I'm not trying to get any of you to change your personal belief system in regards to climate, but I can offer an explanation of the OP.

    The paleo data references a time when climate and sea level were in equilibrium. Currently, climate and sea level are not in equilibrium. Sea level needs to catch up with the rapid rise in temperature. This is why rapid sea level rise is expected in the near future.

    Where is the water going to come from? One area of major concern is eastern Antarctica. Because of the slope of the land mass beneath the ice, the under washing of the Antarctic ice is expected to increase rapidly as we are passing a tipping point. There is a localized high point or ridge beneath the ice that has protected a large portion of the ice from under washing. Once we pass that ridge, the rate of melting is expected to rapidly increase. Estimates are that we will pass the ridge soon or we have already passed that ridge.

    What I am talking about here is based on recent seminars I have seen by scientists that study these things (in the field, in Antarctica) from both USF and UF.
    So you are saying history is cyclical.
  • grady30wagrady30wa Posts: 10,161 AG
    The paleo data references a time when climate and sea level were in equilibrium.

    Climate (ie--global temps) and sea level were in equilibrium during the interglacial period when temps were a couple of degrees warmer than today, and sea level was 60 feet higher. And man did not cause that.

    Despite man's presence and use of carbon fuels today, global temperatures and sea levels are still way less than they were when man did not exist. That's a fatal fact against the idea of man-made global warming.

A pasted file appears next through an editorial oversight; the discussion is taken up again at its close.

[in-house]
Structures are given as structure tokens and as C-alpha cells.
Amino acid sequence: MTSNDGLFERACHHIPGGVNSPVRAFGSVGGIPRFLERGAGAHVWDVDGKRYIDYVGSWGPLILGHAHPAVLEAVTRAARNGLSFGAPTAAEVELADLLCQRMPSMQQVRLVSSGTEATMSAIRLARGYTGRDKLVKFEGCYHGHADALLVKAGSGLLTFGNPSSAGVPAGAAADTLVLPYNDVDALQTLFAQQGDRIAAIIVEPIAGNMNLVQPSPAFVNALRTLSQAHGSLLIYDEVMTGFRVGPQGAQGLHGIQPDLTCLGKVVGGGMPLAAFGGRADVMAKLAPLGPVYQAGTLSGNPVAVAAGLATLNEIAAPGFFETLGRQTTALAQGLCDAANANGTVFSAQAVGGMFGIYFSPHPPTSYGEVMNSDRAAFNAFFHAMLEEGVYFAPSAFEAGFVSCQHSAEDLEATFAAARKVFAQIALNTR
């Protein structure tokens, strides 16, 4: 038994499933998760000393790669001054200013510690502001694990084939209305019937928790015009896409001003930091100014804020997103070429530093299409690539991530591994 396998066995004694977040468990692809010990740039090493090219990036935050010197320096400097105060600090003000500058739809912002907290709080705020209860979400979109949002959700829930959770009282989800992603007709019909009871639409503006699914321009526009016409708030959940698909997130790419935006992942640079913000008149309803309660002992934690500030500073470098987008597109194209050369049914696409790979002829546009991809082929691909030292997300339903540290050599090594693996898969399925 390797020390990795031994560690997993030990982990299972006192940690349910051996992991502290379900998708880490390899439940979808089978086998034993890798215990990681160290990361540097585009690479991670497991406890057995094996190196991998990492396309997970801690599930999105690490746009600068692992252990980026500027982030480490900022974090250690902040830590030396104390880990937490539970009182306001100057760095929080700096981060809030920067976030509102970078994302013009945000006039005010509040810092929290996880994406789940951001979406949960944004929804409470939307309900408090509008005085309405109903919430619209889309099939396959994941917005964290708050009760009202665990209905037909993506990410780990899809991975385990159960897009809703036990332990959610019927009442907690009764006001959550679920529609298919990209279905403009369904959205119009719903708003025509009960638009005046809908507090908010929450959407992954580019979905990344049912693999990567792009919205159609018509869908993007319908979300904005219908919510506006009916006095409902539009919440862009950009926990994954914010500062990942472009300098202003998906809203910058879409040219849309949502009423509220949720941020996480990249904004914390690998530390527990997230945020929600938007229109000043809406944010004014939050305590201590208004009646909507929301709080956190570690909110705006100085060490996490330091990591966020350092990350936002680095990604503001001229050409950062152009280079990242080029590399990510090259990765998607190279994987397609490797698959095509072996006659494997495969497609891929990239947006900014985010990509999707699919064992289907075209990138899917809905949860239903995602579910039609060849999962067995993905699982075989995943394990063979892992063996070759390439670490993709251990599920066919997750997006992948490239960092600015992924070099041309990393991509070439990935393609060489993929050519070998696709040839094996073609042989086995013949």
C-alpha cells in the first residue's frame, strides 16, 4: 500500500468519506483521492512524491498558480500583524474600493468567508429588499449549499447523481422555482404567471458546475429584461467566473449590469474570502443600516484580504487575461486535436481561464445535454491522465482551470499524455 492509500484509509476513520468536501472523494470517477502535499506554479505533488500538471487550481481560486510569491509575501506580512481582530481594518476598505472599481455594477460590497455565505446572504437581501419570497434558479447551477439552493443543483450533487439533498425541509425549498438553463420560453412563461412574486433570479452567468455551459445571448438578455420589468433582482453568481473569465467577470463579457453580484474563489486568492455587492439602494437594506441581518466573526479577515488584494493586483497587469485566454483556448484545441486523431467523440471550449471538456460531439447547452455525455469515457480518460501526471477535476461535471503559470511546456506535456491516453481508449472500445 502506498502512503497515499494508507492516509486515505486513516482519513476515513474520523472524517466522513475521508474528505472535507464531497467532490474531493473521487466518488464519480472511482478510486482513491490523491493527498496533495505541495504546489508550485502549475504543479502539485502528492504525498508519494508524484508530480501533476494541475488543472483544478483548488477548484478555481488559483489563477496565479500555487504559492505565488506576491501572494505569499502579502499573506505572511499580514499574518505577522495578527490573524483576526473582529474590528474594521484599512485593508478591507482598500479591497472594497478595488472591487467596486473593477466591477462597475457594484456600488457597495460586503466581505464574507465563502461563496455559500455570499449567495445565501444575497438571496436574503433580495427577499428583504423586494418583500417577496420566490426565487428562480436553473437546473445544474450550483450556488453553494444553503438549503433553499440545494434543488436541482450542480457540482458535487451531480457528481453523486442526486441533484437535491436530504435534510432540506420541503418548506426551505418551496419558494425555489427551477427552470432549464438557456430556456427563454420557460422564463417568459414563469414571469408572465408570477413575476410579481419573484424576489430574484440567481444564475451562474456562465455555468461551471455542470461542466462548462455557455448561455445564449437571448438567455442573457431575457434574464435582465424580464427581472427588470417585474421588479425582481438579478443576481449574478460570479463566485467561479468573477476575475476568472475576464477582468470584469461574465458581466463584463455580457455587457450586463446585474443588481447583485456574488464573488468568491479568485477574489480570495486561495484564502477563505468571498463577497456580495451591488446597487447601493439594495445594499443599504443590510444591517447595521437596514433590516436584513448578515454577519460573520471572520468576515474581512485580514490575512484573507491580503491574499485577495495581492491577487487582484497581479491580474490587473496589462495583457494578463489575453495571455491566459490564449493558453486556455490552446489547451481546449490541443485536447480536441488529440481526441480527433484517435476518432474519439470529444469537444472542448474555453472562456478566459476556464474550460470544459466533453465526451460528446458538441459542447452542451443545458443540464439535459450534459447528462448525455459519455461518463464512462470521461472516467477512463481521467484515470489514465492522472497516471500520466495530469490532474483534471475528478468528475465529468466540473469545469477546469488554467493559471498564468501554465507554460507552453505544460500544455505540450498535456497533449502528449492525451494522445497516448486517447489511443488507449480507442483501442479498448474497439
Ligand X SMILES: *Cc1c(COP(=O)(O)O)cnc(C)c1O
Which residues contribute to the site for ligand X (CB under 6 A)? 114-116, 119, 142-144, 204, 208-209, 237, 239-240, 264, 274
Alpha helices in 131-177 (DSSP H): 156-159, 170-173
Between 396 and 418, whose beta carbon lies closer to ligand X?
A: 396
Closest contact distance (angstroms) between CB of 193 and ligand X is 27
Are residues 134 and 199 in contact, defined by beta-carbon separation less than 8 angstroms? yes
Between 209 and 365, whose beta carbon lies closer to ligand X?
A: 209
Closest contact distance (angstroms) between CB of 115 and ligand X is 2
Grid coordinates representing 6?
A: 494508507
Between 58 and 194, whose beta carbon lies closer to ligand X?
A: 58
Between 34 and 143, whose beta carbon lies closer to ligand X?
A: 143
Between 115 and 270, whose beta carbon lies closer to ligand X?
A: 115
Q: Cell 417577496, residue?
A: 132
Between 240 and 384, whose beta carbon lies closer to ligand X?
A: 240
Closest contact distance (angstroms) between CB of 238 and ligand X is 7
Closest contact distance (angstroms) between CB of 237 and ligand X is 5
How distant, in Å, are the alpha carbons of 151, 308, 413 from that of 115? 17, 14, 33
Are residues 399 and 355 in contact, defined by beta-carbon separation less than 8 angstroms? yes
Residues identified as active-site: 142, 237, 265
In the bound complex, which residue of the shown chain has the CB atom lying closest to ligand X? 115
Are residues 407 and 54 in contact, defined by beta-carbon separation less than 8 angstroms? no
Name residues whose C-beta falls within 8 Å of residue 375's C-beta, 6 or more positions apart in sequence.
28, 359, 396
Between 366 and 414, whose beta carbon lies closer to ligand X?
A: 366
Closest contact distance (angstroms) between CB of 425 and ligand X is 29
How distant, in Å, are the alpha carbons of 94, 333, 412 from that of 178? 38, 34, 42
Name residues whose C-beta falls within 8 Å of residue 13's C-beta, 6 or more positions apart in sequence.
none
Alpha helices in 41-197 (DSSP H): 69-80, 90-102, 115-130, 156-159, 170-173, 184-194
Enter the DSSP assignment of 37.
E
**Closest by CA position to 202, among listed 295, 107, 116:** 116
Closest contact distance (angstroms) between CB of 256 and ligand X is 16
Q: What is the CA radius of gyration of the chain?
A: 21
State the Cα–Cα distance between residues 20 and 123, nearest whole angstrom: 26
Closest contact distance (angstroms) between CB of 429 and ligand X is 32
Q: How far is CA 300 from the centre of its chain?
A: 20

Schadenfreude. November 8, 2016
  • MadScientistMadScientist Posts: 3,402 Officer
    To a degree. But solar forcing cycles indicate we should be under global cooling right now, not warming. This is why, back in the 70s or before, many people thought an ice age should be coming, they never thought man's impact on the climate could be so profound.

    Like I've said many times, I'm not going to argue, there is no scientific debate on the subject. When it seems appropriate, I will chime in and offer explanation.

    I've posted a general audience paper by William Ruddiman before that explains this in a clear way, but its up to the reader to want to understand.

    https://physics.ucf.edu/~britt/Climate/Reading5-Did%20humans%20alter%20global%20climate.pdf

    https://scholar.google.com/citations?user=vRKtJacAAAAJ&hl=en
  • grady30wagrady30wa Posts: 10,161 AG
    To a degree. But solar forcing cycles indicate we should be under global cooling right now, not warming. This is why, back in the 70s or before, many people thought an ice age should be coming, they never thought man's impact on the climate could be so profound.

    Like I've said many times, I'm not going to argue, there is no scientific debate on the subject. When it seems appropriate, I will chime in and offer explanation.